Your browser is no longer supported

For the best possible experience using our website we recommend you upgrade to a newer version or another browser.

Your browser appears to have cookies disabled. For the best experience of this website, please enable cookies in your browser

We'll assume we have your consent to use cookies, for example so you won't need to log in each time you visit our site.
Learn more

Major contractors agree to halve waste by 2012

Several of the industry’s leading contractors yesterday signed up to a Government-backed initiative to halve the amount of construction waste sent to landfill by 2012.

Bovis Lend Lease, Laing O’Rourke and Stanhope were among the clients, contractors and waste firms to sign up to the Waste and Resources Action Plan’s (WRAP) Construction Commitments: Halving Waste to Landfill scheme, launched in Westminster on Thursday evening.

The voluntary agreement calls on all parties in the supply chain to publicly state their own chosen waste reduction targets, with the aim that overall the industry will achieve the Government’s ambitious 2012 target of halving construction waste to landfill.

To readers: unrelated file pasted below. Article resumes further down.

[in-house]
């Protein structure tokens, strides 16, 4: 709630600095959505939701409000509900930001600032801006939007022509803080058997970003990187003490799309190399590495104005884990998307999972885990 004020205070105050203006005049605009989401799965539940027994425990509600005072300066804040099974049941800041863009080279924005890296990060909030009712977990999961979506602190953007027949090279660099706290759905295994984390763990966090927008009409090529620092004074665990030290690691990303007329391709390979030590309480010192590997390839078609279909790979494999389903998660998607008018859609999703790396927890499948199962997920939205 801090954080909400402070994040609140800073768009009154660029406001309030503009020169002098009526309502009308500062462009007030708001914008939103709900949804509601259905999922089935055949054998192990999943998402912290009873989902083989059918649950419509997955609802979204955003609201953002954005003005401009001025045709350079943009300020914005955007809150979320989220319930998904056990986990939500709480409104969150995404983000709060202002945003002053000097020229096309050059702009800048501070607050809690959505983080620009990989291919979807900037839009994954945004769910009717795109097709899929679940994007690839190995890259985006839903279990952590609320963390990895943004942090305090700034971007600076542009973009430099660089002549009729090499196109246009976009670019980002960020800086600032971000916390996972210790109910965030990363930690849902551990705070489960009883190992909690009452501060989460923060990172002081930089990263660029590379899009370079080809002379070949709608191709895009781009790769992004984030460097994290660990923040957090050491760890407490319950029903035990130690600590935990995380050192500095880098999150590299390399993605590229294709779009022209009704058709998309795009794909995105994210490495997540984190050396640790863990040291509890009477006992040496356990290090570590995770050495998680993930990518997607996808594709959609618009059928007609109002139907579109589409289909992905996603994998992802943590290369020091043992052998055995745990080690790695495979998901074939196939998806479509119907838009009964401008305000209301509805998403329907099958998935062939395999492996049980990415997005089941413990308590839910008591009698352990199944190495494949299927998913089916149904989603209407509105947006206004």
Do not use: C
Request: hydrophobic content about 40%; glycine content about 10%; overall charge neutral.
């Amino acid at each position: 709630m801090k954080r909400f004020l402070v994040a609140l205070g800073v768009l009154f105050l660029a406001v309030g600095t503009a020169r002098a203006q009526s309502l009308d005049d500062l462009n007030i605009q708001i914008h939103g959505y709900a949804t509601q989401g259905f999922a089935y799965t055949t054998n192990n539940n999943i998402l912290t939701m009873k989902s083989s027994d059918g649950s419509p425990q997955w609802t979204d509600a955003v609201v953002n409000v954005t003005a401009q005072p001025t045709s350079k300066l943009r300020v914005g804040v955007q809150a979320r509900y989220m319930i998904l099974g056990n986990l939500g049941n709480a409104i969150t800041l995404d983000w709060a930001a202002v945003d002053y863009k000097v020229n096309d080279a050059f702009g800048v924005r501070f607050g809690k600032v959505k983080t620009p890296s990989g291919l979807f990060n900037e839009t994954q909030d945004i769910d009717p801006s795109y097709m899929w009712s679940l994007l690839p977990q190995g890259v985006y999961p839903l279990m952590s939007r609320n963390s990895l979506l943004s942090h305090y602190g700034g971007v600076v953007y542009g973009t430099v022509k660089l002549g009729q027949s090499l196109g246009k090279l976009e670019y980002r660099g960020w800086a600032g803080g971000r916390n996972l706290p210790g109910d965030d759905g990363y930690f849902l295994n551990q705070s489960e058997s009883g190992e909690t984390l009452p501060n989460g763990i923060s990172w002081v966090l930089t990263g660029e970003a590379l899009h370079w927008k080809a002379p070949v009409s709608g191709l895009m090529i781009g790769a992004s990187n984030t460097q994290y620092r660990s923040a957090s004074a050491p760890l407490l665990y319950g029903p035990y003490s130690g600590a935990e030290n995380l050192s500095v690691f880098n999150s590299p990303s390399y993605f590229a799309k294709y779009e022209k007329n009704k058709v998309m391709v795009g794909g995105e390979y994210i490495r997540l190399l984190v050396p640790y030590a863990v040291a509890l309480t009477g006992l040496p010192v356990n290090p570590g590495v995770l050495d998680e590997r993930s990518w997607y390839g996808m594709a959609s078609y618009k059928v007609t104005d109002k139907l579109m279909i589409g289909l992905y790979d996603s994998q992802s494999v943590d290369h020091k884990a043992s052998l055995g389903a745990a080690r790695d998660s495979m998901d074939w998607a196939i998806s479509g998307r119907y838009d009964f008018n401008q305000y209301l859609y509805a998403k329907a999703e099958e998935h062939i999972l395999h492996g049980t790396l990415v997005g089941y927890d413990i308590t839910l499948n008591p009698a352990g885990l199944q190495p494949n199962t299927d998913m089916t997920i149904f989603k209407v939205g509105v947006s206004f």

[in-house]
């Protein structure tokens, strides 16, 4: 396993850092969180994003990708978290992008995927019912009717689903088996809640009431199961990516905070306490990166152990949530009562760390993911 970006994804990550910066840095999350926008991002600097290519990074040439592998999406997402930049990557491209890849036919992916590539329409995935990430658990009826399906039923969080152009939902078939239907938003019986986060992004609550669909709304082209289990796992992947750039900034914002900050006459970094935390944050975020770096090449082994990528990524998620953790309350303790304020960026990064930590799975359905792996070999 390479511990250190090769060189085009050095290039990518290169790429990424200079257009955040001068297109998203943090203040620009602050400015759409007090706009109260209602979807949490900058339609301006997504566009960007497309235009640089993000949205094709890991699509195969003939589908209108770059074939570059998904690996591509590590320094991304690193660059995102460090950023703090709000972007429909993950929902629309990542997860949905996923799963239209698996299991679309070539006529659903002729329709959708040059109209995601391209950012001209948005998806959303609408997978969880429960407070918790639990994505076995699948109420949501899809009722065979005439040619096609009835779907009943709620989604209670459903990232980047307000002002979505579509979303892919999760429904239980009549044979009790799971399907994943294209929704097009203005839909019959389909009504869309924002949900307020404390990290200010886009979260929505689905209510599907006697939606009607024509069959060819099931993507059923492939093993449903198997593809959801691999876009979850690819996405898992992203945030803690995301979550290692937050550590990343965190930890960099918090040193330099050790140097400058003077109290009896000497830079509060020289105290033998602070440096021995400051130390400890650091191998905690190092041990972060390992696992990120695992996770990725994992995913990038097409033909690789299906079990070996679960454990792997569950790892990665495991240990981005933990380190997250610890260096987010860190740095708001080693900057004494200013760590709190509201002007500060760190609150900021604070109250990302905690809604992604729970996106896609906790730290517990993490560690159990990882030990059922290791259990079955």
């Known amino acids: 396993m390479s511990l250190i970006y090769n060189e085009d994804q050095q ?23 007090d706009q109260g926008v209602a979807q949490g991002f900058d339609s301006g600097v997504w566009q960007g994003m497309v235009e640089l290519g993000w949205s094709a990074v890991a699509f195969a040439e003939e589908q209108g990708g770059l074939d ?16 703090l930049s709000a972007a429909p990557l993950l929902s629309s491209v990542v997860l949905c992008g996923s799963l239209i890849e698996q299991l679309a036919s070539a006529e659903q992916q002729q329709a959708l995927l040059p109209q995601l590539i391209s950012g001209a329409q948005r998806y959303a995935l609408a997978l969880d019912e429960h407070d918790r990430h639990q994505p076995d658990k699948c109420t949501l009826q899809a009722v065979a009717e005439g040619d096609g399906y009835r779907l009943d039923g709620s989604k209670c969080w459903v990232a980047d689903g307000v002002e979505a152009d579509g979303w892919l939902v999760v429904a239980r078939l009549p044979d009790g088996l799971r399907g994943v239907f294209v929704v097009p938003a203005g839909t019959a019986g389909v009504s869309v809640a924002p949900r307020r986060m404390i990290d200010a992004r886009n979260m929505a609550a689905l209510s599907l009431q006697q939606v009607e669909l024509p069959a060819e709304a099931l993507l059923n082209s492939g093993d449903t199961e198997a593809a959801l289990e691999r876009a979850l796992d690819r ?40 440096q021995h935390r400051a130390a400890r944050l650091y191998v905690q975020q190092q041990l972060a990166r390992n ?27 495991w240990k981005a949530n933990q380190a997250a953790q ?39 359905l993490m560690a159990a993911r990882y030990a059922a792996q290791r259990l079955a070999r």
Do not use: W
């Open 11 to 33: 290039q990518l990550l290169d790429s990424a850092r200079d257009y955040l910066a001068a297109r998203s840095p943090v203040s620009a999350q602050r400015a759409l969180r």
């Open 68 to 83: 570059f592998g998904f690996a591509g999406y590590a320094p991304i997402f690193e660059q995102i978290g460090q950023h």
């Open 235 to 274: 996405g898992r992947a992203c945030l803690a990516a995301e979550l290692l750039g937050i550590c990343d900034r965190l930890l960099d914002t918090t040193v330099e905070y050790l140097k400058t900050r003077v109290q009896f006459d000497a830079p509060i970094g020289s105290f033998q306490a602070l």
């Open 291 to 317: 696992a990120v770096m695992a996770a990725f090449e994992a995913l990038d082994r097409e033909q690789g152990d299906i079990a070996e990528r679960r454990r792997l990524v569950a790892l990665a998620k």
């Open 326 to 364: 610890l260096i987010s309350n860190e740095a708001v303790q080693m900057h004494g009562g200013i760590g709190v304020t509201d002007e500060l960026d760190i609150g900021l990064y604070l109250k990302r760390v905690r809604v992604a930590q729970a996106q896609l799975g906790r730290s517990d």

Bovis Lend Lease aims to cut the amount of construction waste it sends to landfill by 70% by 2010. Speaking at the launch yesterday Bovis chief operating officer Nick Pollard said: "Construction waste for us is unacceptable because it represents a bad out come for our business. It is symptomatic of poor engineering, over-ordering, poor storage and not least poor design; all impacting on the bottom line for us and our clients. Given the current economic climate, it’s something that commercially we can’t afford to ignore."

As well as Bovis, Laing O’Rourke and Stanhope, other bodies that supported the agreement’s launch included Defence Estates, Berkeley Group, SEGRO and Willmott Dixon.

After the launch, more firms signed up immediately, including French contractor Vinci.

Strategic Forum for Construction chairman Nick Raynsford MP, also speaking at the agreement’s launch, warned that it was not enough for only the big names in construction to be aware of the need to cut construction waste, 25M tonnes of which is sent to landfill every year.

"This industry is vast and reaching white van man is an important task,” said Raynsford. "If we just get the message to the leaders then everything we are aiming for will not be achieved."

Have your say

You must sign in to make a comment

Please remember that the submission of any material is governed by our Terms and Conditions and by submitting material you confirm your agreement to these Terms and Conditions. Please note comments made online may also be published in the print edition of New Civil Engineer. Links may be included in your comments but HTML is not permitted.